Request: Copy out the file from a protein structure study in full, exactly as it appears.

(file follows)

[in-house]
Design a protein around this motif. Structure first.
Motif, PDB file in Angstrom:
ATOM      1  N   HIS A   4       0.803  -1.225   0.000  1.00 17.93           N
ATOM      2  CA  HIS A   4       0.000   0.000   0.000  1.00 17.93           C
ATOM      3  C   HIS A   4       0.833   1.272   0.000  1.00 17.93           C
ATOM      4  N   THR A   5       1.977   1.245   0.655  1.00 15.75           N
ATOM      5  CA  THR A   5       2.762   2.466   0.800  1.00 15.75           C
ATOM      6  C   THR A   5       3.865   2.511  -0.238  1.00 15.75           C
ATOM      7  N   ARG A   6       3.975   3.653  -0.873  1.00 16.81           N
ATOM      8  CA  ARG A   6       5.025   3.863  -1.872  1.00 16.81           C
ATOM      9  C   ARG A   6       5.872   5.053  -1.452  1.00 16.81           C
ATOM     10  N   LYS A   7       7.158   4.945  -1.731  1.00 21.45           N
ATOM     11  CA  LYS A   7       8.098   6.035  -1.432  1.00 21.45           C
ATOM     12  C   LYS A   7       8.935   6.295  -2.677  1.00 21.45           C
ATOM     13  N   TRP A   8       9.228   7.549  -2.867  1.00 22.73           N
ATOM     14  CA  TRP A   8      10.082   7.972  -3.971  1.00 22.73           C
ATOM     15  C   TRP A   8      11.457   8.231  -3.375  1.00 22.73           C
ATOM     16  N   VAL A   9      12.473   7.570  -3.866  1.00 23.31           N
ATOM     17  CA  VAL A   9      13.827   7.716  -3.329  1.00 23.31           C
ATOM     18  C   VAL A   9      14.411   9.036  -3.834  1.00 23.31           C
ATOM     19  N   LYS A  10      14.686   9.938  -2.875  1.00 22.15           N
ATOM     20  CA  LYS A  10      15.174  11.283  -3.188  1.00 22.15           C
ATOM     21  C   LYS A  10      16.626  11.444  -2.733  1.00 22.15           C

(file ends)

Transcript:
[in-house]
Design a protein around this motif. Structure first.
Motif, PDB file in Angstrom:
ATOM      1  N   HIS A   4       0.803  -1.225   0.000  1.00 17.93           N
ATOM      2  CA  HIS A   4       0.000   0.000   0.000  1.00 17.93           C
ATOM      3  C   HIS A   4       0.833   1.272   0.000  1.00 17.93           C
ATOM      4  N   THR A   5       1.977   1.245   0.655  1.00 15.75           N
ATOM      5  CA  THR A   5       2.762   2.466   0.800  1.00 15.75           C
ATOM      6  C   THR A   5       3.865   2.511  -0.238  1.00 15.75           C
ATOM      7  N   ARG A   6       3.975   3.653  -0.873  1.00 16.81           N
ATOM      8  CA  ARG A   6       5.025   3.863  -1.872  1.00 16.81           C
ATOM      9  C   ARG A   6       5.872   5.053  -1.452  1.00 16.81           C
ATOM     10  N   LYS A   7       7.158   4.945  -1.731  1.00 21.45           N
ATOM     11  CA  LYS A   7       8.098   6.035  -1.432  1.00 21.45           C
ATOM     12  C   LYS A   7       8.935   6.295  -2.677  1.00 21.45           C
ATOM     13  N   TRP A   8       9.228   7.549  -2.867  1.00 22.73           N
ATOM     14  CA  TRP A   8      10.082   7.972  -3.971  1.00 22.73           C
ATOM     15  C   TRP A   8      11.457   8.231  -3.375  1.00 22.73           C
ATOM     16  N   VAL A   9      12.473   7.570  -3.866  1.00 23.31           N
ATOM     17  CA  VAL A   9      13.827   7.716  -3.329  1.00 23.31           C
ATOM     18  C   VAL A   9      14.411   9.036  -3.834  1.00 23.31           C
ATOM     19  N   LYS A  10      14.686   9.938  -2.875  1.00 22.15           N
ATOM     20  CA  LYS A  10      15.174  11.283  -3.188  1.00 22.15           C
ATOM     21  C   LYS A  10      16.626  11.444  -2.733  1.00 22.15           C